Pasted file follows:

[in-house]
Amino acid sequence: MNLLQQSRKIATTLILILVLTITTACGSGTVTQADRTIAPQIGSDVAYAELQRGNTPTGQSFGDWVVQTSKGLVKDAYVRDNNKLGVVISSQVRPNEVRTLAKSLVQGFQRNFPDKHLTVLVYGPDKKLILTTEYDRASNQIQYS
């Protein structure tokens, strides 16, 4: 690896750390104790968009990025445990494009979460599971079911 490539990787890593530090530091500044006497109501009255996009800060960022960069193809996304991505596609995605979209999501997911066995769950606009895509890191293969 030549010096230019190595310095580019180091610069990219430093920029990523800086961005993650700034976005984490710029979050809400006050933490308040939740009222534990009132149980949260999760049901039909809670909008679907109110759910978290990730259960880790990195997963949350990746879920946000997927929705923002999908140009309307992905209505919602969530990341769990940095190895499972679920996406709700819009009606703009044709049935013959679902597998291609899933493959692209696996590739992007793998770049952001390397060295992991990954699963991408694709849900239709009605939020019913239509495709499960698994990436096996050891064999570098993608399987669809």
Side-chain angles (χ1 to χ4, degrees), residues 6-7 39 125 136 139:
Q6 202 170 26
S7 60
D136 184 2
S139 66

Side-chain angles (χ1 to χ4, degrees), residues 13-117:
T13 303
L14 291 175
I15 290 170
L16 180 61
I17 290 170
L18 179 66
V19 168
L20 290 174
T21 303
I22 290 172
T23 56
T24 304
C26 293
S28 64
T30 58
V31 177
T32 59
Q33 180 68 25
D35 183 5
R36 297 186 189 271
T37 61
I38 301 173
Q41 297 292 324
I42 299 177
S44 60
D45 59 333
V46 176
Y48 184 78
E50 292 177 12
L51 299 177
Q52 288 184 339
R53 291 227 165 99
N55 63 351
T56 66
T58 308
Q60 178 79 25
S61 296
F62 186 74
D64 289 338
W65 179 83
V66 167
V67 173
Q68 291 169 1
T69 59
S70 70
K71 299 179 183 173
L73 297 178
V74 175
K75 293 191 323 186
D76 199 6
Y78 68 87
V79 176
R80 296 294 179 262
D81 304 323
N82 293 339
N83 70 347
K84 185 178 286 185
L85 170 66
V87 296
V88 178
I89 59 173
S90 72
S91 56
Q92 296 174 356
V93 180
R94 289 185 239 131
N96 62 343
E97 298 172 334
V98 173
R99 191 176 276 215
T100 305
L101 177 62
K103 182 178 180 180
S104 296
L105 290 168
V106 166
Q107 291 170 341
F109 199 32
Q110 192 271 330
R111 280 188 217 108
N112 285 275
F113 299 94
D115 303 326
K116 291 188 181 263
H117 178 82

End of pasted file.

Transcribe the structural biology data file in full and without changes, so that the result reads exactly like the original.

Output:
[in-house]
Amino acid sequence: MNLLQQSRKIATTLILILVLTITTACGSGTVTQADRTIAPQIGSDVAYAELQRGNTPTGQSFGDWVVQTSKGLVKDAYVRDNNKLGVVISSQVRPNEVRTLAKSLVQGFQRNFPDKHLTVLVYGPDKKLILTTEYDRASNQIQYS
């Protein structure tokens, strides 16, 4: 690896750390104790968009990025445990494009979460599971079911 490539990787890593530090530091500044006497109501009255996009800060960022960069193809996304991505596609995605979209999501997911066995769950606009895509890191293969 030549010096230019190595310095580019180091610069990219430093920029990523800086961005993650700034976005984490710029979050809400006050933490308040939740009222534990009132149980949260999760049901039909809670909008679907109110759910978290990730259960880790990195997963949350990746879920946000997927929705923002999908140009309307992905209505919602969530990341769990940095190895499972679920996406709700819009009606703009044709049935013959679902597998291609899933493959692209696996590739992007793998770049952001390397060295992991990954699963991408694709849900239709009605939020019913239509495709499960698994990436096996050891064999570098993608399987669809």
Side-chain angles (χ1 to χ4, degrees), residues 6-7 39 125 136 139:
Q6 202 170 26
S7 60
D136 184 2
S139 66

Side-chain angles (χ1 to χ4, degrees), residues 13-117:
T13 303
L14 291 175
I15 290 170
L16 180 61
I17 290 170
L18 179 66
V19 168
L20 290 174
T21 303
I22 290 172
T23 56
T24 304
C26 293
S28 64
T30 58
V31 177
T32 59
Q33 180 68 25
D35 183 5
R36 297 186 189 271
T37 61
I38 301 173
Q41 297 292 324
I42 299 177
S44 60
D45 59 333
V46 176
Y48 184 78
E50 292 177 12
L51 299 177
Q52 288 184 339
R53 291 227 165 99
N55 63 351
T56 66
T58 308
Q60 178 79 25
S61 296
F62 186 74
D64 289 338
W65 179 83
V66 167
V67 173
Q68 291 169 1
T69 59
S70 70
K71 299 179 183 173
L73 297 178
V74 175
K75 293 191 323 186
D76 199 6
Y78 68 87
V79 176
R80 296 294 179 262
D81 304 323
N82 293 339
N83 70 347
K84 185 178 286 185
L85 170 66
V87 296
V88 178
I89 59 173
S90 72
S91 56
Q92 296 174 356
V93 180
R94 289 185 239 131
N96 62 343
E97 298 172 334
V98 173
R99 191 176 276 215
T100 305
L101 177 62
K103 182 178 180 180
S104 296
L105 290 168
V106 166
Q107 291 170 341
F109 199 32
Q110 192 271 330
R111 280 188 217 108
N112 285 275
F113 299 94
D115 303 326
K116 291 188 181 263
H117 178 82